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Voxeljet (and others) cut Russian clients after Ukrainian attack

EOS, 3D Systems and others also cut off Russian clients. This war is killing innocent civilians and affecting everyone. It must stop.

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We are not a political publication, we don’t understand the global geopolitical scenario enough to write about it. This is reason enough to try to stay as far away from politics as we can. We are a tech business portal and we believe that 3D printing business can unite the world, not divide it. But the Russian military invasion of Ukraine is affecting many of our friends and partners around the world, so we just can’t ignore it. Especially as Ukrainian friends, and others forced to seek refuge from the war in the countryside or in missile shelters as we write, ask us to speak out.

As a technology and business portal we can and should report any time business strategy is affected and, in this sense, the decision by German sand and polymer binder jetting 3D printing provider voxeljet to not deliver any new products, spare parts, or services to customers in Russia and Belarus, as long as the Russian and Belarusian military is in the Ukrainian border area, is a business decision caused by this war. Other 3D printing market leaders, such as 3D Systems and EOS, also have stopped all business with Russian customers (making exceptions only for urgent medical applications).

“The decision was not easy for us,” said Rudolf Franz, COO and CFO at voxeljet, “as we have maintained very good business relations with our dealers and our customers in Russia and Belarus for many years—we would like to take this opportunity to thank our dealers and all our customers in Russia and Belarus for their trust over the past years. But after the incredibly brutal and intolerable actions of the Russian and Belarusian governments and their military against the Ukrainian people in recent days, it was ultimately inevitable to reconsider our activities in Russia and Belarus. We hope the best for the people in Ukraine and will try to support our distributor and our customers in Ukraine as much as possible in this difficult time.”

Voxeljet cuts Russian clients as response to Ukrainian attack. This war is killing civilians in Ukraine and affecting everyone. It must stop.
This is Moscow today. But it could be anywhere. Below, a view of Kyiv.

Having traveled the 3D printing world, we are certain of one thing: we are all very much the same with only very minor differences that can be exploited by some to divide. The war in Ukraine has many reasons, that go beyond the will of a single man, no matter how much power he has and how autocratic his rule may be. But it is undeniably wrong and it has to stop. Whatever reasons the Russian government may use to justify the attacks cannot possibly be sufficient to justify the loss and disruption of human lives—across both sides of the border.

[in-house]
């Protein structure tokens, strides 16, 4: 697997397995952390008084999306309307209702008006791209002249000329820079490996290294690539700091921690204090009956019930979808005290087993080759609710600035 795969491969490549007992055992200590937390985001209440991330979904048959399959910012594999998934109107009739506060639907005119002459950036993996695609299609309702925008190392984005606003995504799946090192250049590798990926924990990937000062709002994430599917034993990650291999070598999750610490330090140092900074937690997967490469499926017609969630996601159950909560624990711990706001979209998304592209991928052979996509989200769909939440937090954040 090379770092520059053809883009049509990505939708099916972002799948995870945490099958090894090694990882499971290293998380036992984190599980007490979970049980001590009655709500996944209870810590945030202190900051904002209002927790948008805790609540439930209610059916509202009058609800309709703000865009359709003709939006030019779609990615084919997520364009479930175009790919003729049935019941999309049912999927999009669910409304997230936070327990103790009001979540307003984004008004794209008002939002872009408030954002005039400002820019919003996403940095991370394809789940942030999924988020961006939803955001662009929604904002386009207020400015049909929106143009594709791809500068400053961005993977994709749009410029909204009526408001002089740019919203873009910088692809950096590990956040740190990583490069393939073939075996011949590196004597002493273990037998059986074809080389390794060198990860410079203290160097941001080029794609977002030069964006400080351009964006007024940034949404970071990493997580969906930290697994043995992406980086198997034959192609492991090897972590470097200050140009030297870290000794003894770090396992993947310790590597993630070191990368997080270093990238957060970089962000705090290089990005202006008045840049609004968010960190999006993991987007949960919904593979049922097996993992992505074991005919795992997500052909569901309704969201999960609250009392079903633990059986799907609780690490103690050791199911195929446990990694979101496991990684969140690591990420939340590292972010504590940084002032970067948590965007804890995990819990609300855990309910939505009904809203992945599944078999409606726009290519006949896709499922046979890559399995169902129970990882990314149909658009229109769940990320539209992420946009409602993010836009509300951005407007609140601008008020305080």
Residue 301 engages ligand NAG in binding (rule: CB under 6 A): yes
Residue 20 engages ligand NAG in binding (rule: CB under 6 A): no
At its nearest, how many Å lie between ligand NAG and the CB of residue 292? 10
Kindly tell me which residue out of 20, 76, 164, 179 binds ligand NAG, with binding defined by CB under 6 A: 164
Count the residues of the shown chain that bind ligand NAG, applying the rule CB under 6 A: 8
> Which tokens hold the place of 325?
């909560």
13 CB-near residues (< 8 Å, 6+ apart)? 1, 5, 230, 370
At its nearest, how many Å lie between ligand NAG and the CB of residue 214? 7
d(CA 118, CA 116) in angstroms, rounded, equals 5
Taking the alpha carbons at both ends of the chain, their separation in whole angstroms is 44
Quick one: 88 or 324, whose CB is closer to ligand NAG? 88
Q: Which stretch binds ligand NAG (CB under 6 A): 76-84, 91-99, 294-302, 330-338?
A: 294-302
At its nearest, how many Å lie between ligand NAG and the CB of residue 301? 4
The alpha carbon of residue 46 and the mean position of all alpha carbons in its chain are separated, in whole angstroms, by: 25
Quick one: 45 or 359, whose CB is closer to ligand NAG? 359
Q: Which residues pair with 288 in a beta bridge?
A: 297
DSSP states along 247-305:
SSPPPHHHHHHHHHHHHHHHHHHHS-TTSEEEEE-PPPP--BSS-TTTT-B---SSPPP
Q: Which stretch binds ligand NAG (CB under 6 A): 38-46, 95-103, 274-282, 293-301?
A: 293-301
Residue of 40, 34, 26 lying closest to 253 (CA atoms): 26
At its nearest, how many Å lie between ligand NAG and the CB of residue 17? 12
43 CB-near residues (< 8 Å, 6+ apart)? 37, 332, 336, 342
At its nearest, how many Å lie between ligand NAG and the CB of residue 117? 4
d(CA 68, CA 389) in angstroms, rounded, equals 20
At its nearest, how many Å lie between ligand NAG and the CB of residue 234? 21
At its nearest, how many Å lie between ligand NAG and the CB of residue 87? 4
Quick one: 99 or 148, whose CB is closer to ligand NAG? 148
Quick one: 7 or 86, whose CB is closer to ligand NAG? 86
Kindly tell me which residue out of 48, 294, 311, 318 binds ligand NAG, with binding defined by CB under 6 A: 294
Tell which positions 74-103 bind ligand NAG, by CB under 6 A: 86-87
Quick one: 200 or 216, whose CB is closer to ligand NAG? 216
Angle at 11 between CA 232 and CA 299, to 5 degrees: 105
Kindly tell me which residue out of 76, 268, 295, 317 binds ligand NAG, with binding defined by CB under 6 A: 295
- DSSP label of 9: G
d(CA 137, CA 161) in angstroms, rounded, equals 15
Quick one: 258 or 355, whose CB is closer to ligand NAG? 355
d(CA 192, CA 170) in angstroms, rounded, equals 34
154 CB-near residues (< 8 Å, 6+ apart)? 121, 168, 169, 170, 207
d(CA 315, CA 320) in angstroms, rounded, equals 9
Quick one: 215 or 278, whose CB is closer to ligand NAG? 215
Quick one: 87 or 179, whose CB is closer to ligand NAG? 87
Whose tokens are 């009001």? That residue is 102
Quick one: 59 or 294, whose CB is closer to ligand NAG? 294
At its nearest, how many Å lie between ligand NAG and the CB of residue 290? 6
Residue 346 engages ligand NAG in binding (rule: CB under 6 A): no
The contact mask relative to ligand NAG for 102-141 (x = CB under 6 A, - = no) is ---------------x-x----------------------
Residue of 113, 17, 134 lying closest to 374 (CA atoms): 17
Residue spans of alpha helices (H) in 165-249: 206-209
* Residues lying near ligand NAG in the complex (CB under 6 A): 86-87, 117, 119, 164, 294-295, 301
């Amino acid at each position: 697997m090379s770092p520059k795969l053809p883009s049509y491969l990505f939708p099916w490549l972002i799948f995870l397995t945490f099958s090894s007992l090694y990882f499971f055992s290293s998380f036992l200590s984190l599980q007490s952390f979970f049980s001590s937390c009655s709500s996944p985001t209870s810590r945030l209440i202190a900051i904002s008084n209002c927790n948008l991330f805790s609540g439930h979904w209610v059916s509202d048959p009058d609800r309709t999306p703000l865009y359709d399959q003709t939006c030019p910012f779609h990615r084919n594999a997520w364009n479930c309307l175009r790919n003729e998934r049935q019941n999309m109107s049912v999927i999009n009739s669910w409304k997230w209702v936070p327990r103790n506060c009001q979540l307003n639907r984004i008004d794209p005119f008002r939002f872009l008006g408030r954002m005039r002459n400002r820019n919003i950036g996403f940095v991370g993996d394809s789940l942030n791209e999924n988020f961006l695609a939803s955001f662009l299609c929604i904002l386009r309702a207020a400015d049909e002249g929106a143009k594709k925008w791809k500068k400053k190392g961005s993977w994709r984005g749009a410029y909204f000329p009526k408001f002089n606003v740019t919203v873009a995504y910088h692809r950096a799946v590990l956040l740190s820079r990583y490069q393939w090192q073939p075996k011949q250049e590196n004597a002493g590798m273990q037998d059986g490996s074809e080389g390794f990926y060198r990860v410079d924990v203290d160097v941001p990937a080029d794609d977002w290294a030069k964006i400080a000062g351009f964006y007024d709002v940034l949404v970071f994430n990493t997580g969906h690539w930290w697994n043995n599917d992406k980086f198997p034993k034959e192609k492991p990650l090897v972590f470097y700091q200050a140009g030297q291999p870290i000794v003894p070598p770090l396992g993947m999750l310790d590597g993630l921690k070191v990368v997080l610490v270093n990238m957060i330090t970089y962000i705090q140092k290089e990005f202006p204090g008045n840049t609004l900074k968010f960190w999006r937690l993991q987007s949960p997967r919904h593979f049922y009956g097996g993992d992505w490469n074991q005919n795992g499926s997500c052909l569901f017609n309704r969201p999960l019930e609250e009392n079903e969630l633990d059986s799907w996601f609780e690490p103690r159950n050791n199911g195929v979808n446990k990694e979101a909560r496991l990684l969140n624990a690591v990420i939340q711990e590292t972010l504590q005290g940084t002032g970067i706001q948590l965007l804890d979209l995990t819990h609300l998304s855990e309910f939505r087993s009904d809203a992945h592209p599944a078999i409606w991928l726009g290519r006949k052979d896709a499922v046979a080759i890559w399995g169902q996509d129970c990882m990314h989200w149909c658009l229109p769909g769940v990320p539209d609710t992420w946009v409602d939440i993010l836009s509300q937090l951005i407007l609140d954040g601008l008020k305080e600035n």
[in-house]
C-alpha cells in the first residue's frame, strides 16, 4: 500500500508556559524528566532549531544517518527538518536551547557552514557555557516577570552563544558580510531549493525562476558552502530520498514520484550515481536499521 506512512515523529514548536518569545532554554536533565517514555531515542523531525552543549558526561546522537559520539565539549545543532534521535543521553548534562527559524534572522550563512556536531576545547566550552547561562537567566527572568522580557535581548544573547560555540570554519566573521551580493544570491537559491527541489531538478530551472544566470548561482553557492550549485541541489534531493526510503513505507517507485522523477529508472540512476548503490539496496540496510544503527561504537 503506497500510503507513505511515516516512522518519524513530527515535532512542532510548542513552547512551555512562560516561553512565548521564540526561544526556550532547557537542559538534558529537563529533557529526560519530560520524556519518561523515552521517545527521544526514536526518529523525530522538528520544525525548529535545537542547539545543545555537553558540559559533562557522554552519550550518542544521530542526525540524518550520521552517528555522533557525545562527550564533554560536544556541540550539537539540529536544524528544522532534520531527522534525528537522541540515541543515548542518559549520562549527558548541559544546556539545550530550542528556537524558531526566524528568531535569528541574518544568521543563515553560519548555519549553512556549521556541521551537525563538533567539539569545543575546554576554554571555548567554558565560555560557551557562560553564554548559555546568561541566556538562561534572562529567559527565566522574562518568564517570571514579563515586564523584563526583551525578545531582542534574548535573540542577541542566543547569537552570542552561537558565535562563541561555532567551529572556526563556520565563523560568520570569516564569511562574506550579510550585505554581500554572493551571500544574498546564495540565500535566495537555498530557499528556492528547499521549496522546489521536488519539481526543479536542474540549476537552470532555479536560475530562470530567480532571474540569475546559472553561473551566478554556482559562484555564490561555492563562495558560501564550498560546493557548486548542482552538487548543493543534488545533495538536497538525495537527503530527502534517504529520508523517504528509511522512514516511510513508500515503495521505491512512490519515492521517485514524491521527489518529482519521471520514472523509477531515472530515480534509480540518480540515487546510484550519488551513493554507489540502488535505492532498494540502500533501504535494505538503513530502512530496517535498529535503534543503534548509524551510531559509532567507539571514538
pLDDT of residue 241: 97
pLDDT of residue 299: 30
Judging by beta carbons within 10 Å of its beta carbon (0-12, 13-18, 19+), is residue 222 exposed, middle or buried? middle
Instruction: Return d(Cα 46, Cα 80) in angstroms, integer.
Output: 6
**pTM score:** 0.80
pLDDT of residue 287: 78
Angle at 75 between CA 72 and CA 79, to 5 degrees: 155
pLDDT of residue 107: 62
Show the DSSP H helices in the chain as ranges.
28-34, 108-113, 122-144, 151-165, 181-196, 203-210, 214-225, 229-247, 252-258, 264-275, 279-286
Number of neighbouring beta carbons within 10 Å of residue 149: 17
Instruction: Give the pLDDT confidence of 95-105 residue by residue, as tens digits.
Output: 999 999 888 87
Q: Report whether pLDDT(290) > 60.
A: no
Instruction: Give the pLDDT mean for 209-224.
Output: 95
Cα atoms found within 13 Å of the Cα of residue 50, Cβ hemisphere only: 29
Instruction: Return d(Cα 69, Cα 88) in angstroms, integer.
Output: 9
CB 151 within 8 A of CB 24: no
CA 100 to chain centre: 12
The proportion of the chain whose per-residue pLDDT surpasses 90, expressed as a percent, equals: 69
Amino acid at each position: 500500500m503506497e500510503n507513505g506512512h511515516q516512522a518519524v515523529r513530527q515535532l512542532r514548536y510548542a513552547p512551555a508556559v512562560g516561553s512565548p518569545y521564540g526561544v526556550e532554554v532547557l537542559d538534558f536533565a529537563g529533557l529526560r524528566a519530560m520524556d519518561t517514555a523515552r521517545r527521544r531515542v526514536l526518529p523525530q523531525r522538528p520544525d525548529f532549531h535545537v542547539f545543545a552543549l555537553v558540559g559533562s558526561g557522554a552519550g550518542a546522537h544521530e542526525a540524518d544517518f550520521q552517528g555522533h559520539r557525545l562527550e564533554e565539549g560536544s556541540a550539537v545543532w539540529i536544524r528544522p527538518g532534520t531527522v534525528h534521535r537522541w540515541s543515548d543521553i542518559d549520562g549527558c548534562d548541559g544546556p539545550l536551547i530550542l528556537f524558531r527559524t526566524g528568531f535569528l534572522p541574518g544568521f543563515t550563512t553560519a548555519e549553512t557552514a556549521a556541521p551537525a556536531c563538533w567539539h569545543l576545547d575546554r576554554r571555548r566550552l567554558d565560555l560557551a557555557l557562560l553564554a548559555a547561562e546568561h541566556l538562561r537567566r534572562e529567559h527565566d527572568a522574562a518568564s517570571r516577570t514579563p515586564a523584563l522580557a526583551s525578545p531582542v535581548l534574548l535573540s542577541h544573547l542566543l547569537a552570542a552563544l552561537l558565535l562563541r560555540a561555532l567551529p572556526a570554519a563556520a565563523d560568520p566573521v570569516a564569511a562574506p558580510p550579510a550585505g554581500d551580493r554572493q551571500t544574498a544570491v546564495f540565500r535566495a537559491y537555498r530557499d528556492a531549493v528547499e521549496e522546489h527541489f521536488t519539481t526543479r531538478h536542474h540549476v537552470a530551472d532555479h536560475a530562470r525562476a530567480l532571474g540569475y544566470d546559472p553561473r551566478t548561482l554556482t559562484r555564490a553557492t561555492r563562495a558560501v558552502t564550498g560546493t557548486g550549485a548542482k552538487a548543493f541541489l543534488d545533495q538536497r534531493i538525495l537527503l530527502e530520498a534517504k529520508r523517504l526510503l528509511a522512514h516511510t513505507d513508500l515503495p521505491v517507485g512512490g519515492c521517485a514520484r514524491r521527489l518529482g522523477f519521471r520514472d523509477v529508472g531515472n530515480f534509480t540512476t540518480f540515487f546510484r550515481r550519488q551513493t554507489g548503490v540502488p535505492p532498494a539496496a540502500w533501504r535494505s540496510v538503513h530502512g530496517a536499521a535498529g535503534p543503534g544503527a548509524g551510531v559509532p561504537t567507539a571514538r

Because, while the Ukrainian people are dying and being displaced, many Russians that have nothing to do with this war, have also had their lives and businesses dramatically affected. Not the oligarchs, who may have just lost a minor part of their wealth, but the people who work every day to build a life and maybe did so by opening up to the West, like so many 3D printing entrepreneurs and startups.

Voxeljet cuts Russian clients as response to Ukrainian attack. This war is killing civilians in Ukraine and affecting everyone. It must stop.
Imagine trying to work while getting these (missile strike alerts)

Oerlikon Chairman of the Board, Michael Suess, provided the clearest description of the current situation that I have seen: “The invasion on Ukraine, which is contrary to international law,” he wrote, “is a devastating event that affects not only Europe but the whole world. The suffering of everyone in Ukraine is terrible, and our thoughts are with all Ukrainians who fear for their lives, their family and their homes. The long-term economic consequences of this conflict, initiated by the Russian regime, cannot even be estimated at this point. We can only hope that the Russian government quickly comes to its senses and ceases its hostile actions to instead resolve this conflict through peaceful talks.